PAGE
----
- (1) (a) In connection with funds appropriated pursuant to this act, the Justice Administrative Commission shall either:
(i) contract with not-for-profits or charitable organizations that meet the qualifications of s. 501(c)(3) of the United States Internal Revenue Code, as amended, for the administration, allocation and distribution of any or all such funds in a manner consistent with the provisions of this act and to provide legal representation to children who are entitled to appointment of legal counsel pursuant to the provisions of chapter 39. Such contacts shall provide that the organization receiving funds arrange for qualified attorneys to render legal representation to those children, that the organization endeavor to recruit, train and maximize use of pro bono attorneys as an additional source of legal representation for children. Such contracts may be entered into with as many organizations as are necessary to provide legal representation for children subject to proceedings under chapters 39, 61, 63, 393, 394, 397, 731,741, 742, 914, 984 and 985 in each judicial circuit of the state. Such contracts may be entered into with existing organizations described in subparagraph (b), with other organizations that provide not-for-profit child advocacy and legal services, and with public defender’s offices, in order to expand the case load that those organizations can sustain where present service levels are not sufficient to meet the anticipated load of cases for which children are entitled to appointed counsel under chapters 39, 61, 63, 393, 394, 397, 731,741, 742, 914, 984 and 985. Funds shall be apportioned as equitably as practical among the contracting organizations based on the relative case load expected and taking into account the availability of other sources of legal representation for children in particular geographic areas as identified in subparagraph (b); or
(ii) contract with a not-for-profit, charitable organization that meets the qualifications of s. 501(c)(3) of the United States Internal Revenue Code, as amended, that provides funding statewide for civil legal assistance to the poor for the administration, allocation, and distribution of any or all such funds to not-for-profit legal aid organizations whose primary purpose is to provide civil legal services without charge to eligible clients to provide court-appointed legal representation of children subject to proceedings under chapters 39, 61, 63, 393, 394, 397, 731,741, 742, 914, 984 and 985 in each judicial circuit of the state.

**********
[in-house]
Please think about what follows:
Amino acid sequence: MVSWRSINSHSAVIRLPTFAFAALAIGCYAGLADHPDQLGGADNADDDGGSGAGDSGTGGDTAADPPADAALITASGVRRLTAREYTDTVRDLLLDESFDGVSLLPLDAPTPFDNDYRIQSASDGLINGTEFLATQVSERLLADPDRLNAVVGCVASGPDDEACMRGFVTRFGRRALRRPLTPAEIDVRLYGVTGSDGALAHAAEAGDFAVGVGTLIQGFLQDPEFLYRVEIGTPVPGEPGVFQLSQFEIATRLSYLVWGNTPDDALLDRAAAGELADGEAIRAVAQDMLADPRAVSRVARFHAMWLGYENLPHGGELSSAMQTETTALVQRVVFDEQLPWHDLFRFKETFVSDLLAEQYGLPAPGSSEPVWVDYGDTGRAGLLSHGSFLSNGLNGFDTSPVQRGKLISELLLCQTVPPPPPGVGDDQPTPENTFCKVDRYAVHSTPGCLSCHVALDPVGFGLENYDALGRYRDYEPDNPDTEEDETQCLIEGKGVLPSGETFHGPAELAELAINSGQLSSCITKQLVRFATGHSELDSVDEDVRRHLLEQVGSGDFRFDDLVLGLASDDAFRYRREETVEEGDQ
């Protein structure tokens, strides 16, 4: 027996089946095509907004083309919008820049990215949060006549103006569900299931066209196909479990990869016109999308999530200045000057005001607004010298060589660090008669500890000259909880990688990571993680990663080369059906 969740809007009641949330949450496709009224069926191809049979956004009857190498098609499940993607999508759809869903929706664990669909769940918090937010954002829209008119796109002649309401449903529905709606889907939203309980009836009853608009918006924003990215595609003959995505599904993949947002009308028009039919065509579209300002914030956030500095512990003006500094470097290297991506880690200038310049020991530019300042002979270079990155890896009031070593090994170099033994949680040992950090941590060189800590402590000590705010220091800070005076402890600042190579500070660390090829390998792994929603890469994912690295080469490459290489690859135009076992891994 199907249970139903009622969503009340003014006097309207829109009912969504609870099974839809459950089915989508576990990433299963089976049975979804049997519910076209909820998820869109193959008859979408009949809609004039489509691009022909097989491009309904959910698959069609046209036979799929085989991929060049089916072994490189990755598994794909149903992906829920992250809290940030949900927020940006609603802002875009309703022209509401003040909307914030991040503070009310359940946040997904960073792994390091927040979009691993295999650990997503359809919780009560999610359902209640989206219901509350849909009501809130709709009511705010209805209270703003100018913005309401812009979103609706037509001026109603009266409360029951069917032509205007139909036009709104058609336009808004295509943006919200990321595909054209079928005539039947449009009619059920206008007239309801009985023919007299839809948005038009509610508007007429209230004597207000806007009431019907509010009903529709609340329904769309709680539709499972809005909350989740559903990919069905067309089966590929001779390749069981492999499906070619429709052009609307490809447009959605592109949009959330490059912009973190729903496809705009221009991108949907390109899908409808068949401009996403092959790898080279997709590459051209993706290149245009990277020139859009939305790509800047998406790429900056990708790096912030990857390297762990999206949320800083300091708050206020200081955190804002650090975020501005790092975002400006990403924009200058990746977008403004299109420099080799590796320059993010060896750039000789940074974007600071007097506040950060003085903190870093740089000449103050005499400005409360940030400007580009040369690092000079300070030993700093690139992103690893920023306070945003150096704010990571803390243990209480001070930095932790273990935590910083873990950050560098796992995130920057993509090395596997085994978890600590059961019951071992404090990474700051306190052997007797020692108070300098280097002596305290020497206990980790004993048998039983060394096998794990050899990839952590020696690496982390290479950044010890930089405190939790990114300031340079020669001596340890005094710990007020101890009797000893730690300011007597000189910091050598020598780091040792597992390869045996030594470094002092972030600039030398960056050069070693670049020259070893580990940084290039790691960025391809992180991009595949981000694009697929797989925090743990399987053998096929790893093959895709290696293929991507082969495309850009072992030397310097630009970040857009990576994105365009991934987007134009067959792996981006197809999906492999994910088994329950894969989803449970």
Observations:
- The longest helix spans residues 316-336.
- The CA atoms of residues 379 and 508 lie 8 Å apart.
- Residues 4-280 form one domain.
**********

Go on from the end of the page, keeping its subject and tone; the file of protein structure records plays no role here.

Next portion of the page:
- (b) The entity responsible for the dissemination of funds to non-profits or charitable organizations under subsection (a) above must:
(i) Designate one entity in each judicial circuit to serve as the “Children’s Legal Representation Coordinator” for the circuit; and
(ii) Actively encourage fund applicants to seek additional sources of revenue to supplement state funds for the provision of counsel to children, including local children’s services councils, foundations, local governmental entities.
(c) The Legislature recognizes that there already exist organizations that provide attorney representation to children in certain jurisdictions throughout the state. Some of these organizations have been proven effective through independent rigorous evaluation in producing significantly improved outcomes for children and have been embraced by their local jurisdictions. The Legislature therefore does not intend in any way that organizations funded under this act supplant proven and existing organizations for representing children. Instead, the Legislature intends that such organizations funded under this act be an additional source for the representation of more children in these jurisdictions to the extent necessary to meet the requirements of chapter 39 and with the cooperation of the existing local organizations or through expansion of those organizations. Furthermore, this Act is intended to encourage the expansion of pro bono representation for children and in no way shall be interpreted to limit the ability of a pro bono attorney to appear on behalf of a child.
- (d) The Justice Administrative Commission shall administer the contracts under this subsection and evaluate the performance of the organizations that provide attorneys for children in a manner that in no way interferes with the discharge of professional responsibilities in representing the children.